I love the Golden Rod, the way it looks, the way it smells…all of it, it’s blossoms, it’s leaves, it’s stems. But, most of all, I love how very helpful it is in controlling my allergy induced asthma that always occurs during this time of the year. I often get hay fever in the fall and I do not take pharmaceuticals for it (I have not taken pharmaceuticals in close to 15 years!) but instead I drink golden rod infusion and it helps tremendously in controlling the secondary lung congestion that I always inevitably get.
Not only does it effectively clear up lung congestion but it is also a diuretic/urinary tract strengthener. It causes excess fluid to quickly and efficiently be expelled from the body (which can be so helpful for premenstrual bloating…) and when used on a daily basis makes it an effective treatment for clearing out kidney stones and stones in the urinary tract.
It is also a sovereign wound herb effective for treating inner wounds like ulcers or any interior bruising or bleeding and when made into a poultice it can be applied to external wounds to promote healing.
And to make an infusion is really really easy…
First pick your flowers. Follow the bees to find the best ones and pick them with about 6-8″ of stem attached.
Bring them home and cut up the blossoms and leaves and put them in a 1 qt. mason jar. Fill the mason jar 1/2 – 2/3 full of lightly packed cut blossoms and leaves.
Fill jar to the top with boiling water, screw on cap and let steep at least 4 hours before drinking.
My favorite way to drink this is to strain the infusion into a pot and reheat till hot but not boiling. Then I add a bit of raw honey and a squirt of lemon. The taste is similar to chamomile but whereas chamomile has undertones of apple to it, goldenrod has more undertones of honeysuckle. Paired up with lemon balm and catnip it makes a really satisfying tea to drink for pleasure rather than medicinal purposes.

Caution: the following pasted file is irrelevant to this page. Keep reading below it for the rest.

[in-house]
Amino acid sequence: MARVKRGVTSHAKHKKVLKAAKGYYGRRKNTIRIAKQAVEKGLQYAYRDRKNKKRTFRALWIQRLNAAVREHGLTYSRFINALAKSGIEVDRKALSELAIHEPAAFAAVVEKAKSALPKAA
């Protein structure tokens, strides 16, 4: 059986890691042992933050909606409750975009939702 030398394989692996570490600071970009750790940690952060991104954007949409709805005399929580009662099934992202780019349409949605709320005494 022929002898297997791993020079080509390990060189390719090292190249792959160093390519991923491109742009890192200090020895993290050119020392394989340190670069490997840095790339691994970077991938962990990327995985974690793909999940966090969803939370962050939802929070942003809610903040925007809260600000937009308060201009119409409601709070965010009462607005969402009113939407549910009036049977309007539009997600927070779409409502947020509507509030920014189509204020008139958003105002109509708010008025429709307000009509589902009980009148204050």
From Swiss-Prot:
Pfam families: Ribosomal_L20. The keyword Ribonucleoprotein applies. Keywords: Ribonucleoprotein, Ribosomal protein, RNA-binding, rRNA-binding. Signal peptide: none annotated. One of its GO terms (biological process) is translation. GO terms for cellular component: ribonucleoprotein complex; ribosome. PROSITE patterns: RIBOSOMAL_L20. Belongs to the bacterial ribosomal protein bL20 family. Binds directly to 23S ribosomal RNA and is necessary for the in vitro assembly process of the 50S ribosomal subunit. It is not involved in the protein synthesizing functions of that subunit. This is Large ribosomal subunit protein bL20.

To make an easy poultice to apply to a bruise, scrape, cut etc. Just chop the blossoms and leaves and wrap in double thickness of paper towel or clean cotton cloth, wet with boiling water, let cool slightly (just enough to be able to touch it) wring out slightly and apply the still warm paper towel encased herbs to the wound. When it gets cold and starts to dry out, remove, pour more boiling water on the poultice and repeat procedure until herbs are spent.
“Venus claims the herb, and therefore to be sure it respects beauty lost. Arnoldus de Villa Nova commends it much against the stone in the reins and kidneys, and to provoke urine in abundance, whereby also the gravel and stone may be voided. The decoction of the herb, green or dry, or the distilled water thereof, is very effectual for inward bruises, as also to be outwardly applied, it stays bleeding in any part of the body, and of wounds; also the fluxes of humours, the bloody-flux, and women’s courses; and is no less prevalent in all ruptures or burstings, being drank inwardly, and inwardly, and outwardly applied. It is a sovereign wound herb, inferior to none, both for the inward and outward hurts; green wounds, old sores and ulcers, are quickly cured therewith. It also is of especial use in all lotions for sores or ulcers in the mouth, throat, or privy parts of man or woman. The decoction also helps to fasten the teeth that are loose in the gums.”
Nicholas Culpeper, 1653